Click here to go to Machining Level II - Turning II - Between Centers COOL Snapshot page.

Credential description coming soon.

Click here to go to Machining Level II - Cylindrical Grinding Skills COOL Snapshot page.

The National Institute for Metalworking Skills (NIMS) credentials are earned by students, trainees, apprentices, employees, and military personnel. By earning NIMS credentials, these individuals demonstrate that their skills meet industry established standards.

Click here to go to Certified Vibration Analyst - Category II COOL Snapshot page.

Renewal Period: 5 years

The Vibration Institute, Certified Vibration Analyst - Category II is an intermediate-level credential for professionals who specialize in machine and equipment maintenance, troubleshooting, and engineering. Vibration Analysts certified at the second level perform basic vibration analysis using single-channel instruments according to established procedures, set-up instruments, and maintain a database of results. Applicants for the Category II Certified Vibration Analyst certification must meet training and experience requirements and are also required to pass an exam.

Click here to go to Certified Balancing Specialist - Category I COOL Snapshot page.

Renewal Period: 5 years

The Vibration Institute, Certified Balancing Specialist - Category I is an entry-level credential for professionals who adjust machinery. The Certified Balancing Specialist credential validates an individual's knowledge of the basics of balancing, vibration testing and analysis, and balancing techniques. Individuals seeking certification as a Balancing Specialist are required to understand basic shop and field balancing concepts, and be able to perform vibration analysis, conduct single-plane balancing, calculate balance sensitivity and phase lag, and evaluate balance results against ISO balancing standards. Applicants are required to meet experience and training requirements and must pass an exam.

COOL Bucks

See your installation Education Service Officer for credential exam information and coordinating instructions.

In Demand

This certification is considered in demand. The U.S. Department of Labor sponsored CareerOneStop's analysis indicates the certification is frequently mentioned in online job postings.

Click for external link to CareerOneStop's Credentials Center.

GI Bill®

Reimbursement for exam fees has been approved for payment through the GI Bill.

Note: GI Bill approval data is updated quarterly. For the latest information, visit the WEAMS Licenses/Certifications Search page. Make sure to select "Both" in the LAC Category Type drop-down before searching.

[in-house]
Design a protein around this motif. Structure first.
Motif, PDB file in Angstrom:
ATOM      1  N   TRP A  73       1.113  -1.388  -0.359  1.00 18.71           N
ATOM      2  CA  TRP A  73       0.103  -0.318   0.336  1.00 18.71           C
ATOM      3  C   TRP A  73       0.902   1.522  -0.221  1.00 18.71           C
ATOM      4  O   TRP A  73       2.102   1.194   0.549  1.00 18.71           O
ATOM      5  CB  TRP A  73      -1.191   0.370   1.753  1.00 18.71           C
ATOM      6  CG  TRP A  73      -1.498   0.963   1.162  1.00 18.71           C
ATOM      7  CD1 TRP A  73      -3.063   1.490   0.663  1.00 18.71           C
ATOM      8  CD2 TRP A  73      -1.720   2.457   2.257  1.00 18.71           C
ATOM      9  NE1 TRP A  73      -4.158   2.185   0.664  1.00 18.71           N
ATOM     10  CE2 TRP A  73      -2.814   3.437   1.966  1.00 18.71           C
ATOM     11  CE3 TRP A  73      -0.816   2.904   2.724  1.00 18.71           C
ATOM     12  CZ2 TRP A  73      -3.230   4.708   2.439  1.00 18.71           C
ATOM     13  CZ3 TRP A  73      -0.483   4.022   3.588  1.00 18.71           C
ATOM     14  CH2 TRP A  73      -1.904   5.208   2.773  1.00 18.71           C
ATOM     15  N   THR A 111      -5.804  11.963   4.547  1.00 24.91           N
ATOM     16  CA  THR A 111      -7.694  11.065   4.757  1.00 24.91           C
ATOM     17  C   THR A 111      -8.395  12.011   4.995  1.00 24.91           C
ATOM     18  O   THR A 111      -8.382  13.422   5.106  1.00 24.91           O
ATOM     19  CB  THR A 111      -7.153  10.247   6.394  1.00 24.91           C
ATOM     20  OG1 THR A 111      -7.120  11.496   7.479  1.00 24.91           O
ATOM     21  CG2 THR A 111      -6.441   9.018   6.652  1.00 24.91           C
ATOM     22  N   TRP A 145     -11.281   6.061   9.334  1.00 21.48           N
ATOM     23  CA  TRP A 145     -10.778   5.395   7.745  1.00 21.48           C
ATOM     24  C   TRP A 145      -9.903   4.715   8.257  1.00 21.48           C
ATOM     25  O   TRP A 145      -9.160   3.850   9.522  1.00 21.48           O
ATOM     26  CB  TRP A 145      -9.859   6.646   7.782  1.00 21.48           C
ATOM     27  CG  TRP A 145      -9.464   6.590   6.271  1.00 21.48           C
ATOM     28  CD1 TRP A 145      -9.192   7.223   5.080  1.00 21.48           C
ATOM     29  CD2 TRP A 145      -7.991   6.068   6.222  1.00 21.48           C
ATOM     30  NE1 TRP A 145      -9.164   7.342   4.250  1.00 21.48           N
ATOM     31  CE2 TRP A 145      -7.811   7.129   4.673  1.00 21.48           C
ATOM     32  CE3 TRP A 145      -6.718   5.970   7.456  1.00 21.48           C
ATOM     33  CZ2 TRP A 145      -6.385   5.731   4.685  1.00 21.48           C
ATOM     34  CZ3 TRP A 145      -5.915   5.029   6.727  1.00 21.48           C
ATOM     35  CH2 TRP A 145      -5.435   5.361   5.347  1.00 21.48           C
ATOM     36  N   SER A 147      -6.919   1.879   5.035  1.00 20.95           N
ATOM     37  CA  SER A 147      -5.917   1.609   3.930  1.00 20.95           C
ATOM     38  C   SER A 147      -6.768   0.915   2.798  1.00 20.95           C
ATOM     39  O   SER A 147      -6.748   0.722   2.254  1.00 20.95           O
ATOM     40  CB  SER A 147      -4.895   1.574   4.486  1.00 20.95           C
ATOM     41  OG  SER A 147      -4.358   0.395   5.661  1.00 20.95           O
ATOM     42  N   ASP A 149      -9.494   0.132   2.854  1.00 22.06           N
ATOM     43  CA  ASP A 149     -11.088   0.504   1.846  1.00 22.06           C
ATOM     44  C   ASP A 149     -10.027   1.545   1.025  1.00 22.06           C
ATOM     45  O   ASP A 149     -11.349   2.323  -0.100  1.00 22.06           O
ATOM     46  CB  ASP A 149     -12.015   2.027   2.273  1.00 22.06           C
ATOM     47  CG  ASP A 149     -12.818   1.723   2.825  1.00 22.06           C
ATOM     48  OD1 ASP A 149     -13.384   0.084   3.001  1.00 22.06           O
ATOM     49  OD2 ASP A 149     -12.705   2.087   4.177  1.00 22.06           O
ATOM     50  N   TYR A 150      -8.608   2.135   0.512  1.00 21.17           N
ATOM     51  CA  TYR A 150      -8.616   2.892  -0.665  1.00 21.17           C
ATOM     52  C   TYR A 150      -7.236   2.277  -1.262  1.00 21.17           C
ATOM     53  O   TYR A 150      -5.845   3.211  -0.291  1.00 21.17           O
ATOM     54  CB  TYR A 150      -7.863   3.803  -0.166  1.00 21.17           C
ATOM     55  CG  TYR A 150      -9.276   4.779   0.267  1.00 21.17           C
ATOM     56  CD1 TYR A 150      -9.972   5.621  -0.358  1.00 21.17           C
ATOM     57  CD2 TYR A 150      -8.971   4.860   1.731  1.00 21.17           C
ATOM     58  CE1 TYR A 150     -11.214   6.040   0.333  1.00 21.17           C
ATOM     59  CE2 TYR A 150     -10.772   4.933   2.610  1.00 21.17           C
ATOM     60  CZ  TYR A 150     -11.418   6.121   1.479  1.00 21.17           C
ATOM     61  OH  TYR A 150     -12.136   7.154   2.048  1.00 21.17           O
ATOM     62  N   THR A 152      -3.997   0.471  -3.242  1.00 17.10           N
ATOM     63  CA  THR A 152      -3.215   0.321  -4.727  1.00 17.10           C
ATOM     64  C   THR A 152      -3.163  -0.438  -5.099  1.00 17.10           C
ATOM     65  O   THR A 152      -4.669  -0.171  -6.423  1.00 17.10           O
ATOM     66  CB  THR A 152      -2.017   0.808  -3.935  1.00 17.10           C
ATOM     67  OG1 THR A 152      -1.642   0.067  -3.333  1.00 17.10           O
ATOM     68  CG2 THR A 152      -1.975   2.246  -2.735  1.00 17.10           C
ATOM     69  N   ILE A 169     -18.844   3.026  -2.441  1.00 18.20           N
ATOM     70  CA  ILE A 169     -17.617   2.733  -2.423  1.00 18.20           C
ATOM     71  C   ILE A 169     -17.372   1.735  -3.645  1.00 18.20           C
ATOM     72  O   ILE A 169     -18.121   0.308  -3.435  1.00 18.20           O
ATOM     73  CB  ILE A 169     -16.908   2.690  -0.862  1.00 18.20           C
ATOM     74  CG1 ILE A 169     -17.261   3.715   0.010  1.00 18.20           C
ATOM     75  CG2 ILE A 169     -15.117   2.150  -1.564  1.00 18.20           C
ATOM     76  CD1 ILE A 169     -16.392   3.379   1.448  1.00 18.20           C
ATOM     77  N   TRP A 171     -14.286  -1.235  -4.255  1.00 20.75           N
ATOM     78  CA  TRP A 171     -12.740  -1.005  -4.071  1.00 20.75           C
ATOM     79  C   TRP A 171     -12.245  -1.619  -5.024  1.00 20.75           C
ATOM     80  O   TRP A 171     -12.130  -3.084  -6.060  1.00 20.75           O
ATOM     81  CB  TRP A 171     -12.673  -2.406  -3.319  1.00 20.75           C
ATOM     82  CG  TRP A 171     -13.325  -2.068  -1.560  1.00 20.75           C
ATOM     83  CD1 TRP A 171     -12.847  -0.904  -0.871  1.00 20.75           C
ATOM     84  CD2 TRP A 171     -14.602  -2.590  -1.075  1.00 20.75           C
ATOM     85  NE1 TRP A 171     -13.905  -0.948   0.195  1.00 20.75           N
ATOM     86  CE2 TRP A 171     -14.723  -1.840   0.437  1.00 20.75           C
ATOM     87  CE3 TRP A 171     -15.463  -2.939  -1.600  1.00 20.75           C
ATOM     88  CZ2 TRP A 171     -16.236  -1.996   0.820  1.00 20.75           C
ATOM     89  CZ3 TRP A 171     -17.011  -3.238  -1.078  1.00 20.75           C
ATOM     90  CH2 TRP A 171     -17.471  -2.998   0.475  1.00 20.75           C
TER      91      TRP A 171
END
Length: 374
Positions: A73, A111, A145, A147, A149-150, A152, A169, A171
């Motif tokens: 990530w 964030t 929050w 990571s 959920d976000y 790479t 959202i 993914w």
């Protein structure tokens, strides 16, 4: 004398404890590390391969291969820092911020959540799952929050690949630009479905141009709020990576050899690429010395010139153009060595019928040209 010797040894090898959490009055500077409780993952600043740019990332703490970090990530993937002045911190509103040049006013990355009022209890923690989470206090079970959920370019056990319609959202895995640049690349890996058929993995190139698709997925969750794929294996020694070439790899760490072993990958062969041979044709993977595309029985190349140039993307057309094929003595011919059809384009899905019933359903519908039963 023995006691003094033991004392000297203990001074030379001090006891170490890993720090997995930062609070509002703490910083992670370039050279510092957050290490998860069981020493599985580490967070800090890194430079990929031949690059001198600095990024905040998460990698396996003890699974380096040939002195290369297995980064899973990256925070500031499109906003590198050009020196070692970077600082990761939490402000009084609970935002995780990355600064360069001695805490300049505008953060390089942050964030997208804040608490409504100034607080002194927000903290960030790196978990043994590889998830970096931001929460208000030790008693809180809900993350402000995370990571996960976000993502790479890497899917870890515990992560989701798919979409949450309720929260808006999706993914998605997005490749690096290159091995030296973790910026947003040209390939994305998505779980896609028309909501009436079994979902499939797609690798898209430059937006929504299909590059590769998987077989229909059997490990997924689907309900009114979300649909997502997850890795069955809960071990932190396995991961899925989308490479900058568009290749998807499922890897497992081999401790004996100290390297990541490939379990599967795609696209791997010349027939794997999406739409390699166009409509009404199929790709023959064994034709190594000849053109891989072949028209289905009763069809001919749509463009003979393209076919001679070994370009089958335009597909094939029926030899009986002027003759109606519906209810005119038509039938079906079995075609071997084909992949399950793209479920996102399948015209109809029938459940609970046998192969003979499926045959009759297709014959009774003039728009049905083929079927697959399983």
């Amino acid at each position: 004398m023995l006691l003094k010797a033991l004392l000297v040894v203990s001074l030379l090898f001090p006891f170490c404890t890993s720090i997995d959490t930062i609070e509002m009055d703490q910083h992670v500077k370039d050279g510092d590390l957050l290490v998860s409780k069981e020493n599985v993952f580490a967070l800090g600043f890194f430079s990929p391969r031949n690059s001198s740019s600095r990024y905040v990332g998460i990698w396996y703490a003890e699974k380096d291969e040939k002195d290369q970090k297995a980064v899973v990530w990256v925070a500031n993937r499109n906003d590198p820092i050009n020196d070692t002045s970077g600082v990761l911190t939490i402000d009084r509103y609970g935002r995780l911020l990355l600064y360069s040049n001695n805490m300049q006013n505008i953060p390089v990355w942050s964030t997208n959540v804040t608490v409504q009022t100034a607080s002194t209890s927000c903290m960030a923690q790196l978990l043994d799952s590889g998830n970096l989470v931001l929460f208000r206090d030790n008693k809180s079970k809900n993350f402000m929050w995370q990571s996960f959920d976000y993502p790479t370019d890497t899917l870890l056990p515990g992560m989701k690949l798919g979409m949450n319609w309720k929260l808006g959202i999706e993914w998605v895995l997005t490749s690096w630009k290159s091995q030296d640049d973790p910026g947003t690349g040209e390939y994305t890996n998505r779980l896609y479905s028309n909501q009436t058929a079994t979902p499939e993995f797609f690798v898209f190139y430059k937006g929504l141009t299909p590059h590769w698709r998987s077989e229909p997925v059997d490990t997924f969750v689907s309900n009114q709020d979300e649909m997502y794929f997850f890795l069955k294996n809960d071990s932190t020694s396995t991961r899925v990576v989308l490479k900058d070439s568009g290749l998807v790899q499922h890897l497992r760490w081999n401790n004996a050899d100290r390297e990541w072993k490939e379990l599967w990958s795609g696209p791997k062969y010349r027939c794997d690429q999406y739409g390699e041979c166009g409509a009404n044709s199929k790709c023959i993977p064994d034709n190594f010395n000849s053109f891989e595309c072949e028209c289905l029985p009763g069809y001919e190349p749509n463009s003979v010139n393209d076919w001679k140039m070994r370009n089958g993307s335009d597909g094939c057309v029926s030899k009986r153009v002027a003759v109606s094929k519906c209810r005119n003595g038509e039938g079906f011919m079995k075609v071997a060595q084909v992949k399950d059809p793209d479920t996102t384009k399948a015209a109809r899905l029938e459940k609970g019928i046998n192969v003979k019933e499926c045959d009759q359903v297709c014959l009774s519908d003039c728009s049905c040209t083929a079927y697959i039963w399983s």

Click to go to the external link for GI Bill licensing and certification information.

Some

Credential is related to some tasks associated with the duties of the rating (at least one critical task but less than 80%)

Most

Credential is directly related to most of the major duties associated with the rating (at least 80%)

Other

Credential is related to this military occupation, but is more advanced or specialized and therefore will likely require additional education, training, or experience

High

Highly attainable: Credential is related to the duties performed within the military occupation, the mimum education requirement = HS or less and/or minimum experience = 2 years or less experience and no additional requirements.

Medium

Moderate ease of attainment: Credential is related to the duties performed within the military occupation, the minimum education requirement = Associate's and/or prerequisite and/or minimum experience = more than 2 years and less than 10 years of experience.

Low

May be difficult to attain: Credential is related to the duties performed within the military occupation, the minimum education requirement is a Bachelor's degree, and/or minimum experience is 10 or more years.

Most – Tasks in these careers match most duties of the military job or specialty (approximately 80% or greater)
Some – Tasks in these careers match some duties of the military job or specialty (greater than 20% but less than 80%)
Bright Outlook – new job opportunities are very likely in the future for this job

Registered Apprenticeship

An apprenticeship program is registered with the U.S. Department of Labor. Go to the Apprenticeship Finder and enter career path or location to find apprenticeship opportunities.